A) appropriate discount rate on the year 10 cash flow for a 20-year bond.
B) yield-to-maturity on a 10-year coupon bond.
C) yield-to-maturity on a 10-year zero-coupon bond.
The correct answer is B. The explanation given is A 10-year spot rate is the yield-to-maturity on a 10-year zero-coupon security, and is the appropriate discount rate for the year 10 cash flow for a 20-year (or any maturity greater than or equal to 10 years) bond. Spot rates are used to value bonds and to ensure that bond prices eliminate any possibility for arbitrage resulting from buying a coupon security, stripping it of its coupons and principal payment, and reselling the strips as separate zero-coupon securities. The yield to maturity on a 10-year bond is the (complex) average of the spot rates for all its cash flows.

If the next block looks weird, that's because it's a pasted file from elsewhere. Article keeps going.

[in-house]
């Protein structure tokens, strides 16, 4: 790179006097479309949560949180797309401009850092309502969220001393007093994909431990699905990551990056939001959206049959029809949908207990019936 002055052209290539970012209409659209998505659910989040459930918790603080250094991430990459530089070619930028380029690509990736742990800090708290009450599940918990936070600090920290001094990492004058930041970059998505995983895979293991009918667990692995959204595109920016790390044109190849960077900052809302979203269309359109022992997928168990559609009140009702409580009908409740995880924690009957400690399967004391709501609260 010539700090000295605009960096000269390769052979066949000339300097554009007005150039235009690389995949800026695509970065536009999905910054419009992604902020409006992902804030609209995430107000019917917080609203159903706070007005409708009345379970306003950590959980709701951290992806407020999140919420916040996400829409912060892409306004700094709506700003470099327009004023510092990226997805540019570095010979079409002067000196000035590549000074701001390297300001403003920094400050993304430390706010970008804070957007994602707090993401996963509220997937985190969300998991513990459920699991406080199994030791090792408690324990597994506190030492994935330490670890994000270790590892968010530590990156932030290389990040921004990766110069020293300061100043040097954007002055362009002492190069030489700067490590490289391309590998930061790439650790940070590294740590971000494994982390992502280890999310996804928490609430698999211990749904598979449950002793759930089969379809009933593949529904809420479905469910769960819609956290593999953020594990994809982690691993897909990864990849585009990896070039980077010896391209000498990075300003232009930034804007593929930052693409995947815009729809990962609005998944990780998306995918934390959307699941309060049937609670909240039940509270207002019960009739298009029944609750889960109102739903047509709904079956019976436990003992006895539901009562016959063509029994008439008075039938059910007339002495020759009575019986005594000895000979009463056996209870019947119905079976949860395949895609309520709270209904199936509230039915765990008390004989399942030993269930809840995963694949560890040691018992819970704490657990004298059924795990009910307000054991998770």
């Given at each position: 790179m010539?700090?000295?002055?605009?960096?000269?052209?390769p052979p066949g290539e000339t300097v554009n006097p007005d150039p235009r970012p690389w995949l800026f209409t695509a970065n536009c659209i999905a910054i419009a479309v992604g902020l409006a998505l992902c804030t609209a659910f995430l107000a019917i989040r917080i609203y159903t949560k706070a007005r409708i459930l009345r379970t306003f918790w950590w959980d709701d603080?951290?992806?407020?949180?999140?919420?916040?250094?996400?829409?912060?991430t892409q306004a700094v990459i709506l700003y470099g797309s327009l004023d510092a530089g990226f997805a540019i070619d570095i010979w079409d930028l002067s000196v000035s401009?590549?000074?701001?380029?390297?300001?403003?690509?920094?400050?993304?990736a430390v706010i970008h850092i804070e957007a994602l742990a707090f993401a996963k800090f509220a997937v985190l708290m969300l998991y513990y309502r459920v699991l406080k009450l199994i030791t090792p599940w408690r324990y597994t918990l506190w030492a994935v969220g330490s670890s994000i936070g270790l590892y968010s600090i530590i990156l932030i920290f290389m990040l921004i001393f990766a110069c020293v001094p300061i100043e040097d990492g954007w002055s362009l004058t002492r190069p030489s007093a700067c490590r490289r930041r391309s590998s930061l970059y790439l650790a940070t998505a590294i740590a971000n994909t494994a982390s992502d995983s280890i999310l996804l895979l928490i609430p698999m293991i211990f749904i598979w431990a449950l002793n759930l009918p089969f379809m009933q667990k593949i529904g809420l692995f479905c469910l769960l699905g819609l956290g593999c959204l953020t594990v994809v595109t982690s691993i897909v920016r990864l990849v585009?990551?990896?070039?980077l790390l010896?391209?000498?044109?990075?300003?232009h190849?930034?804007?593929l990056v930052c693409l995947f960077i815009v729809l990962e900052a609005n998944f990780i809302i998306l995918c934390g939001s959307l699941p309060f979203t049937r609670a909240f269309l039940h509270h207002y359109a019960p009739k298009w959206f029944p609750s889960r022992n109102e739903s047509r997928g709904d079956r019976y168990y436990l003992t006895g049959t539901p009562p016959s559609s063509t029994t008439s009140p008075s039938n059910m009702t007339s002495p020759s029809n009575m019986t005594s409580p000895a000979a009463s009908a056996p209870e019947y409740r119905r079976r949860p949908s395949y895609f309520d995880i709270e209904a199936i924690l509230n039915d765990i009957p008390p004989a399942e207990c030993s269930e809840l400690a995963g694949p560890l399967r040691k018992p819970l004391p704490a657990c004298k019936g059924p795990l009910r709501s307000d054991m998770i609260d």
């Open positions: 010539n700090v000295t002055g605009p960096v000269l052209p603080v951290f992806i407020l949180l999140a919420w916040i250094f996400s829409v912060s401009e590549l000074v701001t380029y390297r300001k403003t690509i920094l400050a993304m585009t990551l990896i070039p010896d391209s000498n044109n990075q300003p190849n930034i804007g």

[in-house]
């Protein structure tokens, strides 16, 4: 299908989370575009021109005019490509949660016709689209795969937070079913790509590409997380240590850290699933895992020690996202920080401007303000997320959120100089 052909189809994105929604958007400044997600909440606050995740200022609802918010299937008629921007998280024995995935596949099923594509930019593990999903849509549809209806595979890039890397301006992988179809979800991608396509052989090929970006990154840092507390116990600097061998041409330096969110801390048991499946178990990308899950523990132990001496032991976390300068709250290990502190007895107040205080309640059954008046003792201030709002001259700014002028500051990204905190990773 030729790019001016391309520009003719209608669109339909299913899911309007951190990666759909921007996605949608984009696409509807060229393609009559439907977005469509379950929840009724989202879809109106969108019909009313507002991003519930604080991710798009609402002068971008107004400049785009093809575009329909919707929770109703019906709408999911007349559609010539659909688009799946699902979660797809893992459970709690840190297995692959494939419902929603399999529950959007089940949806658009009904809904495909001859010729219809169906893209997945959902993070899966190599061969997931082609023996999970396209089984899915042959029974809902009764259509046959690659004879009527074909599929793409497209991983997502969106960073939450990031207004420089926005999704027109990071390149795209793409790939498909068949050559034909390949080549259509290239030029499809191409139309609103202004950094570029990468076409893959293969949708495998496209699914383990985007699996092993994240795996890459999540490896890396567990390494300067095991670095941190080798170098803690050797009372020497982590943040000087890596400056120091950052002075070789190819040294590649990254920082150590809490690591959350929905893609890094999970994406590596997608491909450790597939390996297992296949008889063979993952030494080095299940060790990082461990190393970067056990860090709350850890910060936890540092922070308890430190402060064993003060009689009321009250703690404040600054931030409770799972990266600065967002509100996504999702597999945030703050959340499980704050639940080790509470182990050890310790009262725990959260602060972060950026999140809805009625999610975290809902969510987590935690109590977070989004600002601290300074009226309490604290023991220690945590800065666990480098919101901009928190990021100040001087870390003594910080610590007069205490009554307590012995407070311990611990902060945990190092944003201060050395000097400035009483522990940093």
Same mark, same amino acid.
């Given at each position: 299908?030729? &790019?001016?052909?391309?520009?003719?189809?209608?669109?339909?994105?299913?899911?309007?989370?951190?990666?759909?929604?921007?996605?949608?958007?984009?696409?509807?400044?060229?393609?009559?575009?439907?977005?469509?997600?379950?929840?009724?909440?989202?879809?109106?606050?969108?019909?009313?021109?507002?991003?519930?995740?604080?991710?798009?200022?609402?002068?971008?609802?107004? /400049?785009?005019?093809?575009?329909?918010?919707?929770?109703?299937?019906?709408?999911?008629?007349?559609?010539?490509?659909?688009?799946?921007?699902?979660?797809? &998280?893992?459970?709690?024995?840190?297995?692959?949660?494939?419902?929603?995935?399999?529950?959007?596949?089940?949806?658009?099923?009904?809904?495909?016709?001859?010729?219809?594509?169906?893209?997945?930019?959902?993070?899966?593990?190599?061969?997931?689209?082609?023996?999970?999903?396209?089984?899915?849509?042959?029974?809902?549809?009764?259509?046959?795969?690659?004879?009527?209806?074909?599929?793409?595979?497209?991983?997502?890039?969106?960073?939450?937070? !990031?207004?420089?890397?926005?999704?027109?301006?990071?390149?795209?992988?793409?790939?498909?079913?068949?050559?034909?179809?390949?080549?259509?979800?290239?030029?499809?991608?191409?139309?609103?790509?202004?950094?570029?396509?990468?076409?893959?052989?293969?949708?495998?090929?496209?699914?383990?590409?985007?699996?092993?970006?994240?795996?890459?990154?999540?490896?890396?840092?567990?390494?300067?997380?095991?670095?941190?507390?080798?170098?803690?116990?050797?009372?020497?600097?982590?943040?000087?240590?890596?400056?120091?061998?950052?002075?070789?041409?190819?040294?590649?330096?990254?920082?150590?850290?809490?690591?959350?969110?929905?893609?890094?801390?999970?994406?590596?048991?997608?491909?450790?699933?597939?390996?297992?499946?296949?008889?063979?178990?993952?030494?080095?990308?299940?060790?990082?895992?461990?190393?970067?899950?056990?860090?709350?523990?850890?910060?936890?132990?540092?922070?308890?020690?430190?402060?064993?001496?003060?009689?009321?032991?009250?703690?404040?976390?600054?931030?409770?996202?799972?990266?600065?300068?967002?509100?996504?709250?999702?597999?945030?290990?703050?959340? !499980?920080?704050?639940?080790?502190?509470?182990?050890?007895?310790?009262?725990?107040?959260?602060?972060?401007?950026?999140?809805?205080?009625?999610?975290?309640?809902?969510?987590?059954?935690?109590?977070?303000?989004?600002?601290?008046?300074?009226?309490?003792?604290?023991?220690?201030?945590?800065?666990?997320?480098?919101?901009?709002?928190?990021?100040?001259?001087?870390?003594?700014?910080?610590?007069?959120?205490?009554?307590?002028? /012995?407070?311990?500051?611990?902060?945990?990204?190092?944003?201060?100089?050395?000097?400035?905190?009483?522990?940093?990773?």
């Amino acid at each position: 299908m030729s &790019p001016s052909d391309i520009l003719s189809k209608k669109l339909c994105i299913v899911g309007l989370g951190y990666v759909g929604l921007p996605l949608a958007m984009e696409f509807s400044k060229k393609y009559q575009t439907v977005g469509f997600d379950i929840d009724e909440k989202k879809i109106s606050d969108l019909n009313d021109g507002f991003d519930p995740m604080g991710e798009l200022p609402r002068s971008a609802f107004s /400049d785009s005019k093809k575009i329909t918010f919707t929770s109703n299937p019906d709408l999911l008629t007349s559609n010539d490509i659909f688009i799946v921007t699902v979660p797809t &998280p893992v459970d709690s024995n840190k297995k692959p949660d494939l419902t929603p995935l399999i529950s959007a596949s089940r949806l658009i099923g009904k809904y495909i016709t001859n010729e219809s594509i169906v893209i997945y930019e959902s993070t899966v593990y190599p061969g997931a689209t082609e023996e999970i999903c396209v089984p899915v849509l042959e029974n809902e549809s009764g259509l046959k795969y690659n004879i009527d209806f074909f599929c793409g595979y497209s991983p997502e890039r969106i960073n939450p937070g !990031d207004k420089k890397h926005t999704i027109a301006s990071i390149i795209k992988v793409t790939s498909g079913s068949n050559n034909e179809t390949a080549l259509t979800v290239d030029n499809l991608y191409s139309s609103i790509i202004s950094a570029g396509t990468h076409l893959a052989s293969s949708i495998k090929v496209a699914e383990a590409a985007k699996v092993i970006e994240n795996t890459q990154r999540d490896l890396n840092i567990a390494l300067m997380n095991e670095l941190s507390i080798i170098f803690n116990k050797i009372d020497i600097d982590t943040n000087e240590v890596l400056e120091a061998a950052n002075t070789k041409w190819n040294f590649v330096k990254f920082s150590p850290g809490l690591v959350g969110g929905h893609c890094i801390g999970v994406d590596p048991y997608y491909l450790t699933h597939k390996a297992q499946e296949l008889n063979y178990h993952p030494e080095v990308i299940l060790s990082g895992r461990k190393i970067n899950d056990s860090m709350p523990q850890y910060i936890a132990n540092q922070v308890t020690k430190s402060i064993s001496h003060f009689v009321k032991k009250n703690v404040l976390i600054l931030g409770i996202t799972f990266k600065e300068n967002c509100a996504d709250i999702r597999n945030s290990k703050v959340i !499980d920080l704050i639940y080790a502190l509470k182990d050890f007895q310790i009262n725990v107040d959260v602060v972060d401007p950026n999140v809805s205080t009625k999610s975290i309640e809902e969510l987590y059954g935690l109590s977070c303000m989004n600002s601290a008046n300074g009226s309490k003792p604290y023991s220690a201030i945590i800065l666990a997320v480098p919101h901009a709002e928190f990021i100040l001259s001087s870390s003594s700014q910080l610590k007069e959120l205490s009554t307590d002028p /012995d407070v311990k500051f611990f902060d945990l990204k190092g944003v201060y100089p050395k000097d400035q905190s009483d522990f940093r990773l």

Can somebody explain why the answer is not C. Zero coupon bonds pay not interests hence 10-year spot rate is not likely to anything to a zero coupon bond, isn’t so?